When you think of Jesus, Mary, and Joseph, you likely have an image in your head from one of the famous artistic depictions of them over the centuries.
And whether that’s a 16th-century fresco by Michelangelo, a 1940 Warner Sallman painting of Christ that adorns the walls of grandmothers' houses everywhere (you know the one), or the nativity scene at your local church, they tend to have a common theme: everyone is as pale as fresh fallen snow.
In the Western world, Jesus, Mary, and Joseph are quite frequently depicted as white/caucasian. Sometimes these depictions are quite extreme: lily-white skin, blonde hair, blue eyes.
But many historians and theologians say that the real Jesus, Mary, and Joseph looked much different than the artistic depictions to come out of Europe and America would lead one to believe.
Was Jesus White?
The Bible gives us very little information about the physical appearances of Jesus, Mary, and Joseph. The gospels paint a portrait of Jesus as an average-looking person, a simple Jewish man from Bethlehem. In fact, in Matthew 26, when Jesus was arrested in the garden of Gethsemane, Judas had to signal to the guards which man was actually Jesus.
Jesus likely looked like any other man from that particular time and place… which means he was probably brown-skinned. “He would have looked like a Palestinian Jewish man of the first century. He would have looked like a Jewish Galilean,” says Robert Cargill, University of Iowa assistant professor of classics and religious studies.
Scholars and artists have tried to (literally) paint a more accurate picture of what Jesus probably looked like.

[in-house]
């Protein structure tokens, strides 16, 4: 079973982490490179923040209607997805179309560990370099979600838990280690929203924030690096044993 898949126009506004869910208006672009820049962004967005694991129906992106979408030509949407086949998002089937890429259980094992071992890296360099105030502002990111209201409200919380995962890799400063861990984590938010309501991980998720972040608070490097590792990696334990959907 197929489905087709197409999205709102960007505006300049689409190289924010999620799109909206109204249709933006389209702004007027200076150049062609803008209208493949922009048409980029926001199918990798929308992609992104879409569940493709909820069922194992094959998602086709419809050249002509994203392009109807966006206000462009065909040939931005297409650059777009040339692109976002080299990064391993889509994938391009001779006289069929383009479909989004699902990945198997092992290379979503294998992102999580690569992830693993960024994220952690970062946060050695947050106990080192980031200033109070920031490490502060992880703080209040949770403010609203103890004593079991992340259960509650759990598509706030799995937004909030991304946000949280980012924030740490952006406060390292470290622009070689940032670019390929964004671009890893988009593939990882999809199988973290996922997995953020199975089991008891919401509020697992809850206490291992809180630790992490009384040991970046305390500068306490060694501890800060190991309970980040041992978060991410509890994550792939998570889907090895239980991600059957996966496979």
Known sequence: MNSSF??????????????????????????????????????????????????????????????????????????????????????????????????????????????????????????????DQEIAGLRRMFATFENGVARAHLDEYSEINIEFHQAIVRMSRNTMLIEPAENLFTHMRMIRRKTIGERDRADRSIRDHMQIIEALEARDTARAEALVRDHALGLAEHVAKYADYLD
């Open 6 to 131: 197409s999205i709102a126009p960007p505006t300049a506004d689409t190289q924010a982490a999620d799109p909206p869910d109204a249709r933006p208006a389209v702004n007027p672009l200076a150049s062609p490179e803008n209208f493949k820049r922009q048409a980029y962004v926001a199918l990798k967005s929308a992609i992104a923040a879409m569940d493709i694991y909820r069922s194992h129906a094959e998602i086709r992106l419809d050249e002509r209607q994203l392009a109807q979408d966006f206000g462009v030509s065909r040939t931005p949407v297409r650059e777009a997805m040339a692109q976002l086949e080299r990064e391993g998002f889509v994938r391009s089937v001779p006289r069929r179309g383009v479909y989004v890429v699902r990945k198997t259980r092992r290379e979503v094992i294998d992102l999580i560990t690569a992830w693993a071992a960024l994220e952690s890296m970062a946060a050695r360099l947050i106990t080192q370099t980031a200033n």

In 2001, the BBC teamed up with renowned forensic anthropologist Richard Neave to reconstruct the face of a first-century Jewish skull. The result? A face that looks very different from traditional depictions of Jesus in art:
More recently, a Dutch artist named Bas Uterwijk (who goes by 'Ganbrood' on Instagram) came up with his own rendering of what Jesus could have looked like:
Obviously, these versions of Jesus are a far cry from the fair-skinned depictions that became the de facto image of Christ in the Western world.
The same can be said for Joseph and the Virgin Mary, who critics claim are just as frequently whitewashed in everything from ancient paintings to modern pop culture.
Earlier this year, a viral TikTok video from user @hollyfae_art sought to dispel the notion that Mary was a white woman – instead painting her as a poor nomad with henna-dyed fingertips, a tribal pattern dress, and a deep tan.
We recently posted the two versions side by side on Facebook for comparison:
Again, a far cry from the thousands of paintings of her with pale skin and glamorous silken robes.
Joseph of Nazareth
It seems pretty likely that Jesus, Mary, and Joseph weren’t nearly as light-skinned as we've been led to believe, given the time and place in which they lived.
Interestingly, another controversial historical detail is the true age of Joseph. While sometimes depicted as a younger man, some of the most famous Saint Joseph paintings have shown him to be much older.
Theologian scholars say this elder Joseph was actually the result of an intentional campaign by the church to reinforce Mary's status as a virgin and fend off accusations that Jesus was conceived through natural means. The older Joseph was painted, the less likely the two would have shared a romantic relationship (or so the church's thinking went).
And just for good measure, here is an artist's rendition of what Jesus's father, God, could look like:
What are we to make of these accusations of whitewashing?
One can also understand how those painting Jesus may have wanted to see something of themselves and their culture in their depictions of their lord and savior. With that in mind, it makes sense that an Italian painter might paint Jesus as remarkably European, for example.
Do you think it’s important that we view Jesus, Mary, and Joseph in a more realistic manner? Or, considering these very paintings are the way millions first saw Christ, is it okay to continue whitewashing?